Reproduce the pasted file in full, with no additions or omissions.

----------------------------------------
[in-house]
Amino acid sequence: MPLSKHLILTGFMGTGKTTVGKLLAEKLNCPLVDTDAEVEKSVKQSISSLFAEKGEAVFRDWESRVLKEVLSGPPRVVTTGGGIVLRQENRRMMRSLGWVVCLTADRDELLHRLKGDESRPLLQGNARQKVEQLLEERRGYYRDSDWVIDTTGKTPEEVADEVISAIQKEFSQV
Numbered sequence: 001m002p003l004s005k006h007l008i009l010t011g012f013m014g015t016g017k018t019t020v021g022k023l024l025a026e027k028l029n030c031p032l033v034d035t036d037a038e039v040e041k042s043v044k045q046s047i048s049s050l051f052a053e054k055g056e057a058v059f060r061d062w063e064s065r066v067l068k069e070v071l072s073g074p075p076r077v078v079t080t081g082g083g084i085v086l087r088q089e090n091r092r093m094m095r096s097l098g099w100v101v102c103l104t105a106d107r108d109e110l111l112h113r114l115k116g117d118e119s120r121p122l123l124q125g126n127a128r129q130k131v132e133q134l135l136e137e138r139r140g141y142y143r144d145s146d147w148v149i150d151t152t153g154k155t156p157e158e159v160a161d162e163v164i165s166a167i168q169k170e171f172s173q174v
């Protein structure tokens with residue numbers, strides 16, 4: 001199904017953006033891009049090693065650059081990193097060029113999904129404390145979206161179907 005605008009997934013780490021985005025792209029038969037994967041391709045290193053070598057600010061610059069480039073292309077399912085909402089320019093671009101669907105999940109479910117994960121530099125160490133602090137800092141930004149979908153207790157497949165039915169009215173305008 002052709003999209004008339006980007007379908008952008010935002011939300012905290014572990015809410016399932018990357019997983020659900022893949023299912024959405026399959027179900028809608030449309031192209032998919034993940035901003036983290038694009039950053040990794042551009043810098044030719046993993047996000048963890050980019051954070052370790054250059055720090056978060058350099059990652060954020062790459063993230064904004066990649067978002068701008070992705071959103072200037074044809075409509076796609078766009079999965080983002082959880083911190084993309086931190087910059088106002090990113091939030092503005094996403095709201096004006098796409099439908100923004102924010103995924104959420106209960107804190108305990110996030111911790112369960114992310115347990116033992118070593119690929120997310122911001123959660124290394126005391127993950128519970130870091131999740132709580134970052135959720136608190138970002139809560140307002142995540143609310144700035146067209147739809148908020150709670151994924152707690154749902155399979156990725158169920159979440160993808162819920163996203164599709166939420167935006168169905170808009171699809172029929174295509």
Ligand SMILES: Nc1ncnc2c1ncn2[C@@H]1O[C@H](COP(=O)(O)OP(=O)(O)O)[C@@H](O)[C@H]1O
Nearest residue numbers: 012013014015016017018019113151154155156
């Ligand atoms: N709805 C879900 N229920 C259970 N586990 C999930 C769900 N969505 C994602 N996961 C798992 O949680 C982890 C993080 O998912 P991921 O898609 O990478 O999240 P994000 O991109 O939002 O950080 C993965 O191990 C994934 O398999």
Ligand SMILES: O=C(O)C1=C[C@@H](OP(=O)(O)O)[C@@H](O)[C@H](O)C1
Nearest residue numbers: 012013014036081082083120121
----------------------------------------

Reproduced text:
[in-house]
Amino acid sequence: MPLSKHLILTGFMGTGKTTVGKLLAEKLNCPLVDTDAEVEKSVKQSISSLFAEKGEAVFRDWESRVLKEVLSGPPRVVTTGGGIVLRQENRRMMRSLGWVVCLTADRDELLHRLKGDESRPLLQGNARQKVEQLLEERRGYYRDSDWVIDTTGKTPEEVADEVISAIQKEFSQV
Numbered sequence: 001m002p003l004s005k006h007l008i009l010t011g012f013m014g015t016g017k018t019t020v021g022k023l024l025a026e027k028l029n030c031p032l033v034d035t036d037a038e039v040e041k042s043v044k045q046s047i048s049s050l051f052a053e054k055g056e057a058v059f060r061d062w063e064s065r066v067l068k069e070v071l072s073g074p075p076r077v078v079t080t081g082g083g084i085v086l087r088q089e090n091r092r093m094m095r096s097l098g099w100v101v102c103l104t105a106d107r108d109e110l111l112h113r114l115k116g117d118e119s120r121p122l123l124q125g126n127a128r129q130k131v132e133q134l135l136e137e138r139r140g141y142y143r144d145s146d147w148v149i150d151t152t153g154k155t156p157e158e159v160a161d162e163v164i165s166a167i168q169k170e171f172s173q174v
């Protein structure tokens with residue numbers, strides 16, 4: 001199904017953006033891009049090693065650059081990193097060029113999904129404390145979206161179907 005605008009997934013780490021985005025792209029038969037994967041391709045290193053070598057600010061610059069480039073292309077399912085909402089320019093671009101669907105999940109479910117994960121530099125160490133602090137800092141930004149979908153207790157497949165039915169009215173305008 002052709003999209004008339006980007007379908008952008010935002011939300012905290014572990015809410016399932018990357019997983020659900022893949023299912024959405026399959027179900028809608030449309031192209032998919034993940035901003036983290038694009039950053040990794042551009043810098044030719046993993047996000048963890050980019051954070052370790054250059055720090056978060058350099059990652060954020062790459063993230064904004066990649067978002068701008070992705071959103072200037074044809075409509076796609078766009079999965080983002082959880083911190084993309086931190087910059088106002090990113091939030092503005094996403095709201096004006098796409099439908100923004102924010103995924104959420106209960107804190108305990110996030111911790112369960114992310115347990116033992118070593119690929120997310122911001123959660124290394126005391127993950128519970130870091131999740132709580134970052135959720136608190138970002139809560140307002142995540143609310144700035146067209147739809148908020150709670151994924152707690154749902155399979156990725158169920159979440160993808162819920163996203164599709166939420167935006168169905170808009171699809172029929174295509």
Ligand SMILES: Nc1ncnc2c1ncn2[C@@H]1O[C@H](COP(=O)(O)OP(=O)(O)O)[C@@H](O)[C@H]1O
Nearest residue numbers: 012013014015016017018019113151154155156
């Ligand atoms: N709805 C879900 N229920 C259970 N586990 C999930 C769900 N969505 C994602 N996961 C798992 O949680 C982890 C993080 O998912 P991921 O898609 O990478 O999240 P994000 O991109 O939002 O950080 C993965 O191990 C994934 O398999």
Ligand SMILES: O=C(O)C1=C[C@@H](OP(=O)(O)O)[C@@H](O)[C@H](O)C1
Nearest residue numbers: 012013014036081082083120121